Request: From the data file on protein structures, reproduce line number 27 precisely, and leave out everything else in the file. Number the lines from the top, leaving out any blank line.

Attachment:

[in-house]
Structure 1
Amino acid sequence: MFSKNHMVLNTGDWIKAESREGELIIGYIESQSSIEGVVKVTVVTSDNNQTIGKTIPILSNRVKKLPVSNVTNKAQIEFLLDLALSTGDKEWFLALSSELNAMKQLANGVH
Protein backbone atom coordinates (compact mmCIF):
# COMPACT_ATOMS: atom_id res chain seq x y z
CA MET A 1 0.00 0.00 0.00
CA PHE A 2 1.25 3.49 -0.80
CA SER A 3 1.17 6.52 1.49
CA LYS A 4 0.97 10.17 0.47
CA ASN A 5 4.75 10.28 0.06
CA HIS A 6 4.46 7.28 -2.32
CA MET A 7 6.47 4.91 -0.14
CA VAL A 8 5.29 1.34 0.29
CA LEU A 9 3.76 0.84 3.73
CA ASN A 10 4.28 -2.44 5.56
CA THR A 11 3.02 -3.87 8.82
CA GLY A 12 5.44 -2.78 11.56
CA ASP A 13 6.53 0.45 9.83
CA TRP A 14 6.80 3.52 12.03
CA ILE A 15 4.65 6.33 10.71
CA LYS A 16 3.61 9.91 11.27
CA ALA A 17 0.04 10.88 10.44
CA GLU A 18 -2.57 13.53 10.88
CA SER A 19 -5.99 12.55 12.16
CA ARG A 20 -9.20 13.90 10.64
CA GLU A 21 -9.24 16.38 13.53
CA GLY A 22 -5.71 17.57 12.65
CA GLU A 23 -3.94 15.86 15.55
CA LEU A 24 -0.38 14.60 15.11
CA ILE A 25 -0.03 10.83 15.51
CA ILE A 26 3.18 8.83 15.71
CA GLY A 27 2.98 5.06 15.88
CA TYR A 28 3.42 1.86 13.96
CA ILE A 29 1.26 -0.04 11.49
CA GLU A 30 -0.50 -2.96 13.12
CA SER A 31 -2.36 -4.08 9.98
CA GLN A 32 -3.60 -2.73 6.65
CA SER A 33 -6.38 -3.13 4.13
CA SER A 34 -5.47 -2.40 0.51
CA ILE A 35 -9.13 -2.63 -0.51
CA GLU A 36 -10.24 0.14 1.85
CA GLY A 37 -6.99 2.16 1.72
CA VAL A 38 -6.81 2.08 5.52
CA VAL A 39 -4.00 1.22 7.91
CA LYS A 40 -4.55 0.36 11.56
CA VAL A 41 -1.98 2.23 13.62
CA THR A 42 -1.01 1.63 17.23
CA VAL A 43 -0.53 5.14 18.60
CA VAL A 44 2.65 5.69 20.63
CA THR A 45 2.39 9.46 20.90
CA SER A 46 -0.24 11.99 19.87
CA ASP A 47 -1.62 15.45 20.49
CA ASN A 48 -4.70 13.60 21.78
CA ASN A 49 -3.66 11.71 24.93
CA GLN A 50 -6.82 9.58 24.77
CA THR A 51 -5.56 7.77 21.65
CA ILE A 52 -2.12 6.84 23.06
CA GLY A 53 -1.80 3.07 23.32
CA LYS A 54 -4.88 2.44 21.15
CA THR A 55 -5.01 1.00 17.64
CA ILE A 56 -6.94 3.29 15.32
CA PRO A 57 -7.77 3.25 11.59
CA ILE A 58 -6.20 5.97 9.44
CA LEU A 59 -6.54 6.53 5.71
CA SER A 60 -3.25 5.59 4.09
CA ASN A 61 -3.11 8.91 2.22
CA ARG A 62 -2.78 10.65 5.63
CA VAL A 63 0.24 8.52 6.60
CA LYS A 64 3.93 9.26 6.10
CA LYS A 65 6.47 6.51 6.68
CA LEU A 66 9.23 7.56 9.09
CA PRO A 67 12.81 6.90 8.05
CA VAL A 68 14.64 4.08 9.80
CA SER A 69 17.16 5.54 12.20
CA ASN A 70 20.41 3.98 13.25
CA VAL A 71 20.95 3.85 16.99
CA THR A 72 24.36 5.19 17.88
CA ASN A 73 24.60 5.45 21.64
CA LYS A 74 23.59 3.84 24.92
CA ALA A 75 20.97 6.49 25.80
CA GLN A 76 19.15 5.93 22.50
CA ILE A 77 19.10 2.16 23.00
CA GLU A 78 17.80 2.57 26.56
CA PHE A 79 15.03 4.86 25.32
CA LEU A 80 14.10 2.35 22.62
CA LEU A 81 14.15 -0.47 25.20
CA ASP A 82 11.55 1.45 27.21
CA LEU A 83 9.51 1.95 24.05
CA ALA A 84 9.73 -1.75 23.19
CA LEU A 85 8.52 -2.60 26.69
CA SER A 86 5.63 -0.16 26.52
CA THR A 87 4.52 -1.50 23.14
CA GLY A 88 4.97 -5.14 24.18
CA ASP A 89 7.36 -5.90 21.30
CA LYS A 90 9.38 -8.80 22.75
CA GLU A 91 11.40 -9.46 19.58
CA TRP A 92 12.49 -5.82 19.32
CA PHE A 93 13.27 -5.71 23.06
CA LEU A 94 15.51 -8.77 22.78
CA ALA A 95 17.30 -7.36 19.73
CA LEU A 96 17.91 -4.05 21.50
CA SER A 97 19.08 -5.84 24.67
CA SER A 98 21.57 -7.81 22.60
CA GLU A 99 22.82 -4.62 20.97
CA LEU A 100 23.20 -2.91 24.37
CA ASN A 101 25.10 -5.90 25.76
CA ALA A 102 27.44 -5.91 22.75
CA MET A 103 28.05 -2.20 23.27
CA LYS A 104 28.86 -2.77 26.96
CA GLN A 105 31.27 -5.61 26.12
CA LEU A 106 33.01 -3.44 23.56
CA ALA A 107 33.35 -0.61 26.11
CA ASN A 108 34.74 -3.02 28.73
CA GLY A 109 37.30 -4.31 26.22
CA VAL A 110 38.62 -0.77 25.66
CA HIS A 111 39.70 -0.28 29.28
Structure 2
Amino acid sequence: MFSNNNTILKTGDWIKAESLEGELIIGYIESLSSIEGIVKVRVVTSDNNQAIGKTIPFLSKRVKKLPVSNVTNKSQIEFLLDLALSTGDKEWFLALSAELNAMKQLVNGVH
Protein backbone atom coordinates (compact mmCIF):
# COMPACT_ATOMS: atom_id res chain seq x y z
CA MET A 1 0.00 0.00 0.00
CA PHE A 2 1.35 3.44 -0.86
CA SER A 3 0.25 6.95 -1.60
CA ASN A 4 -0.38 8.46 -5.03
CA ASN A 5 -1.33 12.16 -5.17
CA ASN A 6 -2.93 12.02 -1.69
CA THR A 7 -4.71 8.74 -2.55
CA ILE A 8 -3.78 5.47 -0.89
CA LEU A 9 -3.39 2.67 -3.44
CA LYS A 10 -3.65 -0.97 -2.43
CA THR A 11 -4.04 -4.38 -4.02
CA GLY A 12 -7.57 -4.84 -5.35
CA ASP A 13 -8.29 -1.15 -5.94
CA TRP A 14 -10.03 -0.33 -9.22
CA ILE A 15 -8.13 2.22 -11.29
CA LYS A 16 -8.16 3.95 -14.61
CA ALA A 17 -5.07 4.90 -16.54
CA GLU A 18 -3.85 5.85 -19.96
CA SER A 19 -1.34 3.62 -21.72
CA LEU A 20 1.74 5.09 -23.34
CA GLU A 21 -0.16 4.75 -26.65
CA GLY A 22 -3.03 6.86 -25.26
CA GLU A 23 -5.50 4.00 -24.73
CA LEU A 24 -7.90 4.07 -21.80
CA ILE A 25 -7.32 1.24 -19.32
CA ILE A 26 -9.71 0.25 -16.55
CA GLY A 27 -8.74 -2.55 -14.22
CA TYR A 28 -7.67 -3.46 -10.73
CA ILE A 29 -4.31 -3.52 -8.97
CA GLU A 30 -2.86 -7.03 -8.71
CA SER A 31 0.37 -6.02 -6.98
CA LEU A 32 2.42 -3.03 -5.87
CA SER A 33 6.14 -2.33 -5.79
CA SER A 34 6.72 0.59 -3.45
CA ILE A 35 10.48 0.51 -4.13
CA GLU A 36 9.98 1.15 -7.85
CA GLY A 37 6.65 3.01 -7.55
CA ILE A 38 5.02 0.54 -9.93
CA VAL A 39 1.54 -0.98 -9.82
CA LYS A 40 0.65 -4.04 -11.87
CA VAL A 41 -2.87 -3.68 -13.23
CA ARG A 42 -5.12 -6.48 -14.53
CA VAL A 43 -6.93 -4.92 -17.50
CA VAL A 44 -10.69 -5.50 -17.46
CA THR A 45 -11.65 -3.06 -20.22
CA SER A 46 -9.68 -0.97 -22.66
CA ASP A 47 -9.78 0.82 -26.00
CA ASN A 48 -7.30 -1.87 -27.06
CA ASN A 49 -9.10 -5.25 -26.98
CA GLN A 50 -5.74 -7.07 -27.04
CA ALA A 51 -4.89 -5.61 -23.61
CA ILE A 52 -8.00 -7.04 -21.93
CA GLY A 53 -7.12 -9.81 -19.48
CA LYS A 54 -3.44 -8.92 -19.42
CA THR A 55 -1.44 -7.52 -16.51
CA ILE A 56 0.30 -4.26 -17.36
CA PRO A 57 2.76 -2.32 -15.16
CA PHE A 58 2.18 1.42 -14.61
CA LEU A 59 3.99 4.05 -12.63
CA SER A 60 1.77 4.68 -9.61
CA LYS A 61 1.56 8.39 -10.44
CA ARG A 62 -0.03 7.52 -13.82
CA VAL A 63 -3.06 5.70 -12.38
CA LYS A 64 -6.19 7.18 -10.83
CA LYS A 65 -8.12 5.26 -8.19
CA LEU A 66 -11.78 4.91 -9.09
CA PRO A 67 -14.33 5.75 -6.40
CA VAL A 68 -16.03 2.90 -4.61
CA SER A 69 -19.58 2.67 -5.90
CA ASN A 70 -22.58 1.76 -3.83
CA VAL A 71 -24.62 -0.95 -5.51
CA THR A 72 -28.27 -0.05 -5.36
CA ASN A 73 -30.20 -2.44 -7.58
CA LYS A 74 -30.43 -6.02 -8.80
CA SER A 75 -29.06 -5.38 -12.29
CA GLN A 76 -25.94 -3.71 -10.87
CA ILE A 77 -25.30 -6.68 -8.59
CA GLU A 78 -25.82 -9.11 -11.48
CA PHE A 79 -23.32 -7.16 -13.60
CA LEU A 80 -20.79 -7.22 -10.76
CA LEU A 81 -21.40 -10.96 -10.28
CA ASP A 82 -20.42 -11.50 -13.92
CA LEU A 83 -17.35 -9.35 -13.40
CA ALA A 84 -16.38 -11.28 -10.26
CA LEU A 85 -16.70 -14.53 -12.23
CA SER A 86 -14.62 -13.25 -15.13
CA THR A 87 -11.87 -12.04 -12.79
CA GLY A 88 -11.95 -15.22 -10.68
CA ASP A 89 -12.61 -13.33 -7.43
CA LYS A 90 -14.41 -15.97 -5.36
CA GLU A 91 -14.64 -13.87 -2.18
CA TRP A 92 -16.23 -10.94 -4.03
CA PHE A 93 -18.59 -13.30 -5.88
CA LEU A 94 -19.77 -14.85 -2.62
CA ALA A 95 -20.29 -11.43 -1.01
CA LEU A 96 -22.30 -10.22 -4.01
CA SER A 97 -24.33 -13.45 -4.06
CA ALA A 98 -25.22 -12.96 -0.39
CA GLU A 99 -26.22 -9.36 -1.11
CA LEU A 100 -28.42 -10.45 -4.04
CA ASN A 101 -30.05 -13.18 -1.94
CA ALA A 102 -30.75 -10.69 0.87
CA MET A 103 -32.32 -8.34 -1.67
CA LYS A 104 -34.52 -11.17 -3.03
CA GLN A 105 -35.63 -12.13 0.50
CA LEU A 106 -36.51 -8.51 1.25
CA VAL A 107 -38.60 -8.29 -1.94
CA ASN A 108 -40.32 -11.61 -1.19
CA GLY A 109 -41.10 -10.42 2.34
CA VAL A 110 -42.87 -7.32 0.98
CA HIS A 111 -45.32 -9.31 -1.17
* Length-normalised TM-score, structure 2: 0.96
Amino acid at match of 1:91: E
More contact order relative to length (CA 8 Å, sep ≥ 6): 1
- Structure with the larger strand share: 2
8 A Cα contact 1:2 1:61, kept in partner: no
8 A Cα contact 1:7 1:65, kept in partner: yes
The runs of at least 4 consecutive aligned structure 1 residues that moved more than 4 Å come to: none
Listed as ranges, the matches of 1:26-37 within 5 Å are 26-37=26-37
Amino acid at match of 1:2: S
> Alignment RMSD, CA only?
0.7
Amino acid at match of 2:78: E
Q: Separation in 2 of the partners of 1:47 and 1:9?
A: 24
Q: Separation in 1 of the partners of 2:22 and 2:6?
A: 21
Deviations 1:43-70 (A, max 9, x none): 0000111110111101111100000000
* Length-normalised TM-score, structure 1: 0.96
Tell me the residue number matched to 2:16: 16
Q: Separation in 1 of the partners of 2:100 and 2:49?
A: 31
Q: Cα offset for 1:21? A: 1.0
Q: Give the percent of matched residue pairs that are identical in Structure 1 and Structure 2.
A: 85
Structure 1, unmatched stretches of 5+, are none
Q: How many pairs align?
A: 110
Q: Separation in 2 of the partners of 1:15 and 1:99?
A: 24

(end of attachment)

CA GLY A 22 -5.71 17.57 12.65